Please leave Dr. Suzannah Lipscomb’s hair out of it

The Daily Mail has run an article interviewing Dr. Suzannah Lipscomb and I am torn equally between happiness and tears about it. Dr. Lipscomb is a renown historian and the author of several books, including one I found to be extremely valuable during my research, 1536: The Year That Changed Henry VIII. It is an excellent book and Dr. Lipscomb deserved every sentence every written or said in praise of her scholarship.

So in light of her many accomplishments why in the name of all that is Holy did the reporter ask her about HAIR PRODUCTS and then print it as though it were germane to the interview??

“One minute Dr Suzannah Lipscomb is discussing the bloody foibles of the Tudors, the next she is offering sage advice on the best product for curly hair. ‘Twisted Sista, spelt with an A,’ she says, twiddling her leonine locks while her nose stud twinkles in the sunlight. ‘You can get it at Superdrug, it’s brilliant and it’s really cheap.’ “

Really? That’s your starting point, reporter Elizabeth Sanderson of Daily Mail??

The article also goes out of the way to inform/remind the reader that not only is Dr. Lipscomb brilliant … she is pretty! You know, because that makes it okay for her to be smart and on TV? She is called “striking” only once, but the article features three very attractive pictures of her … all of them highlighting the fact she is young and thin with flowing blond locks and a lovely face.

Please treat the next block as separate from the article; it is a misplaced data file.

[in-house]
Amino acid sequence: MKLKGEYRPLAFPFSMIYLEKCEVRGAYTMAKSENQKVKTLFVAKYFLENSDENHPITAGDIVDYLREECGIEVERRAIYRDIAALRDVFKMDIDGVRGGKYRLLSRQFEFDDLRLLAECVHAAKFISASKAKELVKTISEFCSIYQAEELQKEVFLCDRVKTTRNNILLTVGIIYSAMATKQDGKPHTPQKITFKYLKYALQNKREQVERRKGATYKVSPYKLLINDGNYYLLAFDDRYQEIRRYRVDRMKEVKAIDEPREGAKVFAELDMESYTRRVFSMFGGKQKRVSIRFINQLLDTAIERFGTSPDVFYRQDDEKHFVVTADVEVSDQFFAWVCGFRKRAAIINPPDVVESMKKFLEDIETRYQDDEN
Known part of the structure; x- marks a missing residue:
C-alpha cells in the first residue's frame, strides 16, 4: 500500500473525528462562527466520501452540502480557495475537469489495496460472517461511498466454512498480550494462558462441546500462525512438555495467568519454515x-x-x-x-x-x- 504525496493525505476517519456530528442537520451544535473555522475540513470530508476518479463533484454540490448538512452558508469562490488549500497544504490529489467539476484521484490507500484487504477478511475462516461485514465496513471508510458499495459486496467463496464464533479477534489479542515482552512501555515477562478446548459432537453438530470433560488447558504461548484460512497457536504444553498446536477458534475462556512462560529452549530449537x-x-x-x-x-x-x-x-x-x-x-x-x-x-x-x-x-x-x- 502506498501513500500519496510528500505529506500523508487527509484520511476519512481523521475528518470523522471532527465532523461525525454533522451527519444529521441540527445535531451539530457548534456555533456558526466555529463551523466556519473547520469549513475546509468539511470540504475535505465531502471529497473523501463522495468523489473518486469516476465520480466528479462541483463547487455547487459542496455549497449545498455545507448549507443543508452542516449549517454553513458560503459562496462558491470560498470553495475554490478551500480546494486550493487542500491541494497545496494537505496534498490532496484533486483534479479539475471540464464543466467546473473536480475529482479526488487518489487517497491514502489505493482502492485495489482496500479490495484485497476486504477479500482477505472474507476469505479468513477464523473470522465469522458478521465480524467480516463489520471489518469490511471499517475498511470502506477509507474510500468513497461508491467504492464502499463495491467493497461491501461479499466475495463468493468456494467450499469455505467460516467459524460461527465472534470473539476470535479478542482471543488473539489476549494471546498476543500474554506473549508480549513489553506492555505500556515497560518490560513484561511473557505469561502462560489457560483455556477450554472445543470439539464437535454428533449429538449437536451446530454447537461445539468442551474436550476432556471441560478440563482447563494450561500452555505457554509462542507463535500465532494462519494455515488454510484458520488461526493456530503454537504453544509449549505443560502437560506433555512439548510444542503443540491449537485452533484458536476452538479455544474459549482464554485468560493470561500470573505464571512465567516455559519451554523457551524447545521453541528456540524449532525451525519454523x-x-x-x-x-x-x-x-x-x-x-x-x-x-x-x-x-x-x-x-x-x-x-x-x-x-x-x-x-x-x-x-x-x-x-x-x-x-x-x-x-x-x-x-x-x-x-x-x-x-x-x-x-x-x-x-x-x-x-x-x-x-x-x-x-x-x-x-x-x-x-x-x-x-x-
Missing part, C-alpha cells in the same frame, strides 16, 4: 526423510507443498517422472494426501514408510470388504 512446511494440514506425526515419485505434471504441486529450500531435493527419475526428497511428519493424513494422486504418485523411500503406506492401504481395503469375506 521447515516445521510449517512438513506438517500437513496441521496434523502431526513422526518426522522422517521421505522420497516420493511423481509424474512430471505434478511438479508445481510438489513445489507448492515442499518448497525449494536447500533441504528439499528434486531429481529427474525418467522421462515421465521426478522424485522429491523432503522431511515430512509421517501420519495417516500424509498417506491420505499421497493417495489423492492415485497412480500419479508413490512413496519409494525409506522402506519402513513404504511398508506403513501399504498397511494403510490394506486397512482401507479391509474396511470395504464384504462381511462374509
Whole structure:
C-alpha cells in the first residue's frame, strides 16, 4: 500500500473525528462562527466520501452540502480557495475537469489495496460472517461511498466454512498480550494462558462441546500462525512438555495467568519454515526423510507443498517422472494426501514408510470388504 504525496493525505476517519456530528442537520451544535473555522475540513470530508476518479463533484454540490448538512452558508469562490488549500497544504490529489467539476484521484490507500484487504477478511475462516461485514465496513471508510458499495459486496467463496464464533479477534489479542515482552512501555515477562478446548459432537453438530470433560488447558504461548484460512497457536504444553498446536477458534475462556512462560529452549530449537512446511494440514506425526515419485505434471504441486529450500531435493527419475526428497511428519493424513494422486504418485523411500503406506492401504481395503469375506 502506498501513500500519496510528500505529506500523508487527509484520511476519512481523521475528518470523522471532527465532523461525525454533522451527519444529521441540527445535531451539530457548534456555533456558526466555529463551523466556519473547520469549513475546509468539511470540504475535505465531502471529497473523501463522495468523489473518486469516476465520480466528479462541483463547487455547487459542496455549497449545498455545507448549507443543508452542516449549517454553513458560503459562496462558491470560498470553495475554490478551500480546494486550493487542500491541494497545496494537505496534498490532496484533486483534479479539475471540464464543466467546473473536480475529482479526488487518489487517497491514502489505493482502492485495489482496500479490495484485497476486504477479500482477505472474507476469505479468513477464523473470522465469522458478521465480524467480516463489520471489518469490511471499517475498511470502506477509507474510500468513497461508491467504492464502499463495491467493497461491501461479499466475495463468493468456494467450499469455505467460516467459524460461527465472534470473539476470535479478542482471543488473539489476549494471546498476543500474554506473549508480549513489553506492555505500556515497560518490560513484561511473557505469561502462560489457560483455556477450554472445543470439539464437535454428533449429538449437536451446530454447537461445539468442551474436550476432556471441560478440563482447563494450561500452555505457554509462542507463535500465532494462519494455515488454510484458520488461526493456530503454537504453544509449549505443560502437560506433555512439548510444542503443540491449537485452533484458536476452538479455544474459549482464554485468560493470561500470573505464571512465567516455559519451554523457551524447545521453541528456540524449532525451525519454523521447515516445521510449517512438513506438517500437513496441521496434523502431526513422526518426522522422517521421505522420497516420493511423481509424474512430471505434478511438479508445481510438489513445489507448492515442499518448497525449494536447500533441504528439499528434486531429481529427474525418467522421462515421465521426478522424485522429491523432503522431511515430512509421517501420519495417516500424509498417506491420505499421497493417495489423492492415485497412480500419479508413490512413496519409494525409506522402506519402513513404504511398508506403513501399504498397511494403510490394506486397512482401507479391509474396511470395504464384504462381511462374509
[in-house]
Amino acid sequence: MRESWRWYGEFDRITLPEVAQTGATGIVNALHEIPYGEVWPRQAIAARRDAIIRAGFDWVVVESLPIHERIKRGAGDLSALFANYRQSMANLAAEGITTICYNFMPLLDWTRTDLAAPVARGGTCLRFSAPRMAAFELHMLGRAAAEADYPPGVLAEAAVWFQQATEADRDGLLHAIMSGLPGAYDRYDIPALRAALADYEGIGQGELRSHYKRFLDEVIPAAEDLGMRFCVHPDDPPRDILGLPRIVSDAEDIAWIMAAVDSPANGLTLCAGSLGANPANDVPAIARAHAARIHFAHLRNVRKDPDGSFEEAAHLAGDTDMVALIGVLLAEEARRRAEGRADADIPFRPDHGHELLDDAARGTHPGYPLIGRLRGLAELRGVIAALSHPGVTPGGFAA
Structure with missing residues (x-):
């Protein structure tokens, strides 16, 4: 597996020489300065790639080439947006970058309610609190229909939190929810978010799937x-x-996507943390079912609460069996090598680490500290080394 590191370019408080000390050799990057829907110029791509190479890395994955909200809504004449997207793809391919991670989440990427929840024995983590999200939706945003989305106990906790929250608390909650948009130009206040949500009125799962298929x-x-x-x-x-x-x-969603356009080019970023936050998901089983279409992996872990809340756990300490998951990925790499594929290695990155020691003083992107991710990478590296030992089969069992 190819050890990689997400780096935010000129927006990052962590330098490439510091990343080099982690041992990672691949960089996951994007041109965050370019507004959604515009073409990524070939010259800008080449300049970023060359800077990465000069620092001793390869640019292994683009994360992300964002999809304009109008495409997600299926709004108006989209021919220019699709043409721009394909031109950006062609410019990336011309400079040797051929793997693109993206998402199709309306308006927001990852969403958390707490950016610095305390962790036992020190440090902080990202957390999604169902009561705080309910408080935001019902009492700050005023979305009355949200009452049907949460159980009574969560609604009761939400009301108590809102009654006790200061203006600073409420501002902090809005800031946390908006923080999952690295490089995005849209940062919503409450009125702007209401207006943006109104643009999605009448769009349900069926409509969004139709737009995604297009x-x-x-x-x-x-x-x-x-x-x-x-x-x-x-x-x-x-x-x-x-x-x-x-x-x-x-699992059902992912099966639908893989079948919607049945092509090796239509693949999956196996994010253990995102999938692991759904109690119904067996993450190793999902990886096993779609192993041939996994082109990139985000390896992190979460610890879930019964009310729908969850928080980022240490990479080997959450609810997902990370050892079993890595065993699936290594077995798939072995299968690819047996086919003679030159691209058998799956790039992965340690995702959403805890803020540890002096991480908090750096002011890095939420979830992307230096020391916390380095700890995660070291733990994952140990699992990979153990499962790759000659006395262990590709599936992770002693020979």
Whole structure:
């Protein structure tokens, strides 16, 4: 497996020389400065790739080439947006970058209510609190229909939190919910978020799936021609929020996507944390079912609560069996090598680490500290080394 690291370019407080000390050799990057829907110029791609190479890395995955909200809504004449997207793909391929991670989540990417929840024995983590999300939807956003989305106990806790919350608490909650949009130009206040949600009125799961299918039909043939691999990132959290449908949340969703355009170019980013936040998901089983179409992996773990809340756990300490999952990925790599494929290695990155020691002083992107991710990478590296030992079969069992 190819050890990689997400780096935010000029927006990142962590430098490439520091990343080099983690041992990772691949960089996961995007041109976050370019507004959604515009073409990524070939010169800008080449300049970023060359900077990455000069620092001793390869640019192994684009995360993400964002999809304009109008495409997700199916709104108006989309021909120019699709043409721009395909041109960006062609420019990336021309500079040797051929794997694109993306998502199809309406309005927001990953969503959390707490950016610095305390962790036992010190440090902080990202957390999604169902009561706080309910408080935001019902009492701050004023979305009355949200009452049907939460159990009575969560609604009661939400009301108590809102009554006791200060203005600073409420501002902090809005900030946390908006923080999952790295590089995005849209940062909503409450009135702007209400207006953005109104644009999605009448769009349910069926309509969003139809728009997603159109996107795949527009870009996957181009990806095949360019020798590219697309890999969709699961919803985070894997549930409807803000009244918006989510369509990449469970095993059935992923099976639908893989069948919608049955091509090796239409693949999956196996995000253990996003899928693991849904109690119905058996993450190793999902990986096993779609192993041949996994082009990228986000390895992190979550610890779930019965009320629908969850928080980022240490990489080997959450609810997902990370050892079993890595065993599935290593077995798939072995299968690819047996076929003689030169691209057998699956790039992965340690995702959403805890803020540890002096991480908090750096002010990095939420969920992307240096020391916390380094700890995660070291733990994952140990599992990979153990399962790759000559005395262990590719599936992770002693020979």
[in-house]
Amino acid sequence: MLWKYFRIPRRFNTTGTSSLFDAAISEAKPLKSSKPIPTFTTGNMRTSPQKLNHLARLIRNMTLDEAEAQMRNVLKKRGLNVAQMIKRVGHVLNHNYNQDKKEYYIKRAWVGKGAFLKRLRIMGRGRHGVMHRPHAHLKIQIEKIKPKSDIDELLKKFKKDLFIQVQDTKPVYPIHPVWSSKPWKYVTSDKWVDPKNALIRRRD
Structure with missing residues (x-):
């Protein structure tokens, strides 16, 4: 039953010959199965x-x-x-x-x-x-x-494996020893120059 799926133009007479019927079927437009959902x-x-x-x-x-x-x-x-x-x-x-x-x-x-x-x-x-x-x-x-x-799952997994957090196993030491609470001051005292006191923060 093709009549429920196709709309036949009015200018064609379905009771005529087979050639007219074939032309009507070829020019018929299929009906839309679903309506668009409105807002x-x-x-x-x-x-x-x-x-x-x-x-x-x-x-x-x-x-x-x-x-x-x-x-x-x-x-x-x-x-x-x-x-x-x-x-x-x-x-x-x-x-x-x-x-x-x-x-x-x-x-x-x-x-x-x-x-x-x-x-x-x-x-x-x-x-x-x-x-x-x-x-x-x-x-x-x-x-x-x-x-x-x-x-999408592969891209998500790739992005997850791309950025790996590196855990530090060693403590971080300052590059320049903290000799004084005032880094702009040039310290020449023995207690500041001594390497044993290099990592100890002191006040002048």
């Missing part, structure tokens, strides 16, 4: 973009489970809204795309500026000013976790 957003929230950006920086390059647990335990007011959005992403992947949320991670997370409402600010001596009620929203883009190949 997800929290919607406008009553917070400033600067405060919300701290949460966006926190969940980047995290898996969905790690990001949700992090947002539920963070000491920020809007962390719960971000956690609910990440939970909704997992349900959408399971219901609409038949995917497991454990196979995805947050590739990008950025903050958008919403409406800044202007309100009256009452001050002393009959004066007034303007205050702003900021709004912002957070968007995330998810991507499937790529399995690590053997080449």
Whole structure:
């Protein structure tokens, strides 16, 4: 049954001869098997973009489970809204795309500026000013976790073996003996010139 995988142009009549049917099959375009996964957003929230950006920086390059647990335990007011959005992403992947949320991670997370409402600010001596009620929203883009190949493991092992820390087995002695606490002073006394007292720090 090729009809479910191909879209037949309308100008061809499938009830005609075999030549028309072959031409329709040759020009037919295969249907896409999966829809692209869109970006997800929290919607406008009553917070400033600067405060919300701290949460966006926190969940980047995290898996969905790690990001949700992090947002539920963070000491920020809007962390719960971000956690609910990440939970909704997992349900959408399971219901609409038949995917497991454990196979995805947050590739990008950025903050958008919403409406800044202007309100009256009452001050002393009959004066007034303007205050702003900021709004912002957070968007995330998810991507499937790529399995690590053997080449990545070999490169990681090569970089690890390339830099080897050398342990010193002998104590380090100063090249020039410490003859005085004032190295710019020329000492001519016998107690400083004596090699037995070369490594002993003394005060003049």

dr suzannah lipscomb

It is being made clear via unspoken sociocultural messaging that it is “okay” that Dr. Lipscomb is fighting back against sexism is because she cannot be accused of being “ugly”. She is a comely woman and therefore cannot be charged with being a de facto “man-hating” and bitter feminist. These vexing circumstances are not her fault, of course. It’s just aggravating in the wider feminist context that a woman’s pulchritude (or lack of it) is continually signified to be incredibly important and relevant to what she is saying/thinking/doing.

Moreover, I think Dr. Lipscomb would agree that this emphasis on her charms is annoying, considering that she specifically attacks the attitude that only women must look “right” (i.e. a foxy babe) to be seen in a larger medium:

“In terms of television history, we haven’t got there [gender neutrality] yet. Instead, we live in a time where the critic A. A. Gill can claim the classicist, Mary Beard, is too ugly to appear on our screens. Suzannah says: ‘I think that was shameful. It would never happen if you were a man. You would never see them telling a slightly overweight man with white hair to shape up. I’m not saying she’s overweight, by the way – I’m thinking of the male historians who appear on television who may be, you know, not that prepossessing. ‘Yet there is very little comment in terms of their appearance because people are engaging with their ideas.’ And it is that engaging with ideas that matters most.”